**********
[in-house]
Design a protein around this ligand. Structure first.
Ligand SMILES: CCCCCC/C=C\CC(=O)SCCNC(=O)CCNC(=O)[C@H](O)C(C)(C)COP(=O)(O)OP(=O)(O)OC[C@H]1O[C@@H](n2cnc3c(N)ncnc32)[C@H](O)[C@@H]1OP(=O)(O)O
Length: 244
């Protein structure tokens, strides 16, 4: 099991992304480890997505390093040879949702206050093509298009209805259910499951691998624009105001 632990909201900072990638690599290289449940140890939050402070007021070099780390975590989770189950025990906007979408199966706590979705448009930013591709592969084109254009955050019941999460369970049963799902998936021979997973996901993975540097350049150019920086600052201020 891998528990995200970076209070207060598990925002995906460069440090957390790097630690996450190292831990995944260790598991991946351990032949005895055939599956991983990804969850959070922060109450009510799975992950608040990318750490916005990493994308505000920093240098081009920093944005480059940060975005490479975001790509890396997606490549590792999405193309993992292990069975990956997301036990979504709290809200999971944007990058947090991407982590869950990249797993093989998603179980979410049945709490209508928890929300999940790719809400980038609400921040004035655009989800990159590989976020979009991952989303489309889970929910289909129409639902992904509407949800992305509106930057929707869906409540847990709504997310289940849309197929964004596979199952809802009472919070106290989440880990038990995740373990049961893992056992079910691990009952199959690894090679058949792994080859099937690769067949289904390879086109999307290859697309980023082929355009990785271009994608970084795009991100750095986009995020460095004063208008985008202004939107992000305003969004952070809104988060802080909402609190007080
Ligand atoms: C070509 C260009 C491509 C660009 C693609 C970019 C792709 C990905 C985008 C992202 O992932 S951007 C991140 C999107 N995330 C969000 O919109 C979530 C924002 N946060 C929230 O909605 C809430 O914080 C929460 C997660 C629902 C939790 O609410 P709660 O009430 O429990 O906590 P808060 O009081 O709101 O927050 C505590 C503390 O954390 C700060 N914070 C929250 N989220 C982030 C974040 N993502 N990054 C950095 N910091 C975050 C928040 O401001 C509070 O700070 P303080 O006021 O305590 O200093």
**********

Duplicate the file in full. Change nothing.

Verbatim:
[in-house]
Design a protein around this ligand. Structure first.
Ligand SMILES: CCCCCC/C=C\CC(=O)SCCNC(=O)CCNC(=O)[C@H](O)C(C)(C)COP(=O)(O)OP(=O)(O)OC[C@H]1O[C@@H](n2cnc3c(N)ncnc32)[C@H](O)[C@@H]1OP(=O)(O)O
Length: 244
């Protein structure tokens, strides 16, 4: 099991992304480890997505390093040879949702206050093509298009209805259910499951691998624009105001 632990909201900072990638690599290289449940140890939050402070007021070099780390975590989770189950025990906007979408199966706590979705448009930013591709592969084109254009955050019941999460369970049963799902998936021979997973996901993975540097350049150019920086600052201020 891998528990995200970076209070207060598990925002995906460069440090957390790097630690996450190292831990995944260790598991991946351990032949005895055939599956991983990804969850959070922060109450009510799975992950608040990318750490916005990493994308505000920093240098081009920093944005480059940060975005490479975001790509890396997606490549590792999405193309993992292990069975990956997301036990979504709290809200999971944007990058947090991407982590869950990249797993093989998603179980979410049945709490209508928890929300999940790719809400980038609400921040004035655009989800990159590989976020979009991952989303489309889970929910289909129409639902992904509407949800992305509106930057929707869906409540847990709504997310289940849309197929964004596979199952809802009472919070106290989440880990038990995740373990049961893992056992079910691990009952199959690894090679058949792994080859099937690769067949289904390879086109999307290859697309980023082929355009990785271009994608970084795009991100750095986009995020460095004063208008985008202004939107992000305003969004952070809104988060802080909402609190007080
Ligand atoms: C070509 C260009 C491509 C660009 C693609 C970019 C792709 C990905 C985008 C992202 O992932 S951007 C991140 C999107 N995330 C969000 O919109 C979530 C924002 N946060 C929230 O909605 C809430 O914080 C929460 C997660 C629902 C939790 O609410 P709660 O009430 O429990 O906590 P808060 O009081 O709101 O927050 C505590 C503390 O954390 C700060 N914070 C929250 N989220 C982030 C974040 N993502 N990054 C950095 N910091 C975050 C928040 O401001 C509070 O700070 P303080 O006021 O305590 O200093």